• Encourage greater food security in the region;
• Inform policy on food and feed production that is relevant to northern BC.
3. Support current agriculture activities in post-secondary institutes.
4. Pursue the development of a Professional Agrologist designation package at UNBC.
* Business Plan for a Regional Food Hub: A Plan to Build the Capacity
of Our Local Food System, UNBC
* Enhancing Northern Grain Production through Applied Research and
Community Engagement Phase 1 & 2, UNBC
* The Taste of Place: Food, Culture and Planning for
Resiliency in Northern British Columbia, UNBC
* The Place of Wild Food in British Columbia: A Case
Study of Robson Valley, UNBC
* Heat to Energy, CNC
BEYOND THE MARKET
Increased access to information about regional markets and value- chain opportunities.
Built and enhanced networks between producers, distributors/wholesalers and commercial consumers.
Encouraged local institutions and other commercial consumers to purchase local food products.
Encouraged value-added opportunities in the region.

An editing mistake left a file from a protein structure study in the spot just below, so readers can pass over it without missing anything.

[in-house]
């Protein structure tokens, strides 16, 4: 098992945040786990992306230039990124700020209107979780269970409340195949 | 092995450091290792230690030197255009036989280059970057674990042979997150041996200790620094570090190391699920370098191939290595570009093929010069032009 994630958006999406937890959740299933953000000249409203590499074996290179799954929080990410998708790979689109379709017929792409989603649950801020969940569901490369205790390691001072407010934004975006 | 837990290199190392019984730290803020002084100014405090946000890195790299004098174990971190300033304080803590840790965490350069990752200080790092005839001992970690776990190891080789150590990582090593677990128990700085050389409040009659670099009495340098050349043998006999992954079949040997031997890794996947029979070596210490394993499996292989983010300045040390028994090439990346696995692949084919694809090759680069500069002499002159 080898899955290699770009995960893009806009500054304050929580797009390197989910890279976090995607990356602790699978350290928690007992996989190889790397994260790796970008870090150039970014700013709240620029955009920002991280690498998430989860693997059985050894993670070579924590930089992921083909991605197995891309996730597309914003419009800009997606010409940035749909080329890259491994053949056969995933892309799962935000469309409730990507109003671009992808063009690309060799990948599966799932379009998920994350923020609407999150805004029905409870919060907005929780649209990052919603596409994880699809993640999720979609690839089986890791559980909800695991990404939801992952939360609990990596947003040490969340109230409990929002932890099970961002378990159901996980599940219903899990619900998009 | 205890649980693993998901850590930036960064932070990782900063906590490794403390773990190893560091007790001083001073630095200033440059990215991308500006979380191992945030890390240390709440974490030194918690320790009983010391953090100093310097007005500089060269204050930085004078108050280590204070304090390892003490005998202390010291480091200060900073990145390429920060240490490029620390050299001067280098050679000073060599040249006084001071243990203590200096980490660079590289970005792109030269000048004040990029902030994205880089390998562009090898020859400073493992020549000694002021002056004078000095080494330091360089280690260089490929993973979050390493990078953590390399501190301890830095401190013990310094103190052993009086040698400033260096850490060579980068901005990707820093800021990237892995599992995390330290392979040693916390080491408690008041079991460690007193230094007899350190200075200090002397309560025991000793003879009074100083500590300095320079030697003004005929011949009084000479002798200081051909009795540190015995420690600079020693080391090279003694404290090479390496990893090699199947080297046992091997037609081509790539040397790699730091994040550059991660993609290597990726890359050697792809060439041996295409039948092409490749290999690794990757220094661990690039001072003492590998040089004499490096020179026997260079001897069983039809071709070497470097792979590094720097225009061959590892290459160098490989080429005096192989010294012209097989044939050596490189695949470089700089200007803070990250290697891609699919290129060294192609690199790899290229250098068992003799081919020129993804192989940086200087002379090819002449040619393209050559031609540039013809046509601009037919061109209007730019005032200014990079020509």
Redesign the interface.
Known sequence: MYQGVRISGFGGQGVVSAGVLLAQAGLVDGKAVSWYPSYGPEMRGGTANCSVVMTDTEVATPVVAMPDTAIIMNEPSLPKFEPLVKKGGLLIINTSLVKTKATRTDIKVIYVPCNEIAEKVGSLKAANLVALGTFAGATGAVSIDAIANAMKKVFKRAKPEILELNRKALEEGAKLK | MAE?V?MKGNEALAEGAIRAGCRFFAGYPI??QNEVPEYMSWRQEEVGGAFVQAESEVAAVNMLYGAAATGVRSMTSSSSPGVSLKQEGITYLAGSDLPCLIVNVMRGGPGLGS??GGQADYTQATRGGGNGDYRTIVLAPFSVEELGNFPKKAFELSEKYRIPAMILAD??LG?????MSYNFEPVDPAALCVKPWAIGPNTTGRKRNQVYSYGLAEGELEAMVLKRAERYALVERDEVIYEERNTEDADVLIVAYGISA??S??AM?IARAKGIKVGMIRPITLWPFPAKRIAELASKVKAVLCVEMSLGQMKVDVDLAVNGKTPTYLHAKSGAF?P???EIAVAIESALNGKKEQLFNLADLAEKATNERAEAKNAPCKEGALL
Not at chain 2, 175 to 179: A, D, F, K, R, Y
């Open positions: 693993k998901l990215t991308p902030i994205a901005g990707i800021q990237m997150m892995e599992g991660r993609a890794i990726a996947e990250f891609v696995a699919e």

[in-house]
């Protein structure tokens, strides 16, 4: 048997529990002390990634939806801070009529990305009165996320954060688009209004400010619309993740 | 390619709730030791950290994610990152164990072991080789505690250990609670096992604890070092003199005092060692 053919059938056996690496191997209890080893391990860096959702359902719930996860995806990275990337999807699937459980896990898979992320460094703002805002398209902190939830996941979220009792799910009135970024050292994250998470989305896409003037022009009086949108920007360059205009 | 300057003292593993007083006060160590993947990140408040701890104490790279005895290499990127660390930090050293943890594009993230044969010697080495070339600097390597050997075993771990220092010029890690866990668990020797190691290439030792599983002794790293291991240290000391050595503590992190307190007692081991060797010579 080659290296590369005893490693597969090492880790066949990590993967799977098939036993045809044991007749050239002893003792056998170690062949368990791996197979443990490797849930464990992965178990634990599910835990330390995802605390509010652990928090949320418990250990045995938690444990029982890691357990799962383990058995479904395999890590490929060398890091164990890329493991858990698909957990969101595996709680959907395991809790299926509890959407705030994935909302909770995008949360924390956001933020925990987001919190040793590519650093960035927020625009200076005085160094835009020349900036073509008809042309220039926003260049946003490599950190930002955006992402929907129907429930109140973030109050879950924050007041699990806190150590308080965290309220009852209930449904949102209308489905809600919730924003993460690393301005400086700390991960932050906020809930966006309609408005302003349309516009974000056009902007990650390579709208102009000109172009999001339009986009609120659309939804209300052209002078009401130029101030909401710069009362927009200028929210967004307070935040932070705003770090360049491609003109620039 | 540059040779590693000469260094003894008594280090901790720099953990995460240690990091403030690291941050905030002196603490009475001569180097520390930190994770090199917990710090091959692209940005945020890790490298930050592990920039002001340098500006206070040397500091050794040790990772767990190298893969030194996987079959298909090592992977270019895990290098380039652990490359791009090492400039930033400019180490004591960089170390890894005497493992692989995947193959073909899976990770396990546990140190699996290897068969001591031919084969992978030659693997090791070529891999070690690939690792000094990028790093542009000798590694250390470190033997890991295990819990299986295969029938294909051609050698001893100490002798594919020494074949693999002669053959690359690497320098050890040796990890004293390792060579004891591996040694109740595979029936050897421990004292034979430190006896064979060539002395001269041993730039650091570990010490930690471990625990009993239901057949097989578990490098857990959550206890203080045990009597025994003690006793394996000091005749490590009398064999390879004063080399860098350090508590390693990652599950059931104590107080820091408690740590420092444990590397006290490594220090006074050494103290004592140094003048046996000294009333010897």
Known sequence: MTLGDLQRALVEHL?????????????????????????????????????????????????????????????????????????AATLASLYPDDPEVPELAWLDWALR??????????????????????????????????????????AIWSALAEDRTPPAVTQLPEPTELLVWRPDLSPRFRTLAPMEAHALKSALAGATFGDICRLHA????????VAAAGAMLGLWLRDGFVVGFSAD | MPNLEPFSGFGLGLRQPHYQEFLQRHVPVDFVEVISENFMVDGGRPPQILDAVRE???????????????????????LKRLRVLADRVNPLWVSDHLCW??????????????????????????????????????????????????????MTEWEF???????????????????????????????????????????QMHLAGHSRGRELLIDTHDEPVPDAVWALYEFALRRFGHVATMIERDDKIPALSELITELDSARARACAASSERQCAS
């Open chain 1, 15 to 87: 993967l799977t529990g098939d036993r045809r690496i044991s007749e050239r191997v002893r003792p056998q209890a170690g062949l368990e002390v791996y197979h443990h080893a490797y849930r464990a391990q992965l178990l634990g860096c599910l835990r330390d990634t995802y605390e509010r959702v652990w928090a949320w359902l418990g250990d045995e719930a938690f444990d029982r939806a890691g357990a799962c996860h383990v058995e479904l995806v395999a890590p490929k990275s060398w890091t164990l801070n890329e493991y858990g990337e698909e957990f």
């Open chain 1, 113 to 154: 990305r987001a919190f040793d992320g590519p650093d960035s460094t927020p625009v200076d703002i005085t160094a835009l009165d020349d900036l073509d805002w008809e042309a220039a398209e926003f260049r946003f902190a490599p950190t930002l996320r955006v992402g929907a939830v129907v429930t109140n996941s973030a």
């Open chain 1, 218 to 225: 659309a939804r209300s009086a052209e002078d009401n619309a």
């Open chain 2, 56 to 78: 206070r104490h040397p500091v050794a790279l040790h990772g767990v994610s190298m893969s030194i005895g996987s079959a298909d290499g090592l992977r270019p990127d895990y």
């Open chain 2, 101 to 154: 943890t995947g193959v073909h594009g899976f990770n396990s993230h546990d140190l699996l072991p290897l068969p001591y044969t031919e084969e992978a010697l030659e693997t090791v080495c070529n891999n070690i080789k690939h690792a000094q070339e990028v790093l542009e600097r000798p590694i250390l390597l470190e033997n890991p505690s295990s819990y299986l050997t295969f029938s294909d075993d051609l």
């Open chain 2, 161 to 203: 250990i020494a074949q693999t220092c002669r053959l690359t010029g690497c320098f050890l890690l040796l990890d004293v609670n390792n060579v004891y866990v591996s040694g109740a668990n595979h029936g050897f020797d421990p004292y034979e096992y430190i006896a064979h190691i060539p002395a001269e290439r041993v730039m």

* funding and technical support resulting in
$680, 230 Gas Tax funding
to support district heating
study and technical support
The furnace was installed and a community education process was implemented where residents received a presentation on the significance of reducing carbon emissions.
Five community education presentations and a final report that showed the energy savings to date were completed.
A reduction in carbon emissions and the energy expenses for the Village Fire Hall.
A village-level alternative heating option, used to educate residents about the use of alternative energy.
RURAL BC PROJECT
1. Create a BC Rural Development Strategy
2. Coordinated Rural Economic Development Programming
3. Create a Rural Dividend
4. Create a Rural Ministry and Catalyst Organization
5. Create a Rural BC Venture Capital Program
Response from Government
“The strategies you have been developing will play an important role in ensuring the future prosperity of your region. I have asked Minister Lekstrom to pull together a committee of appropriate staff so that the Provincial Government can work closely with you, as we transition from planning our response to the beetle crisis to implementing the sector specific strategies you have developed...I commend you for the work you have done. With your leadership, I believe we are well positioned to ensure that this region continues to thrive.” -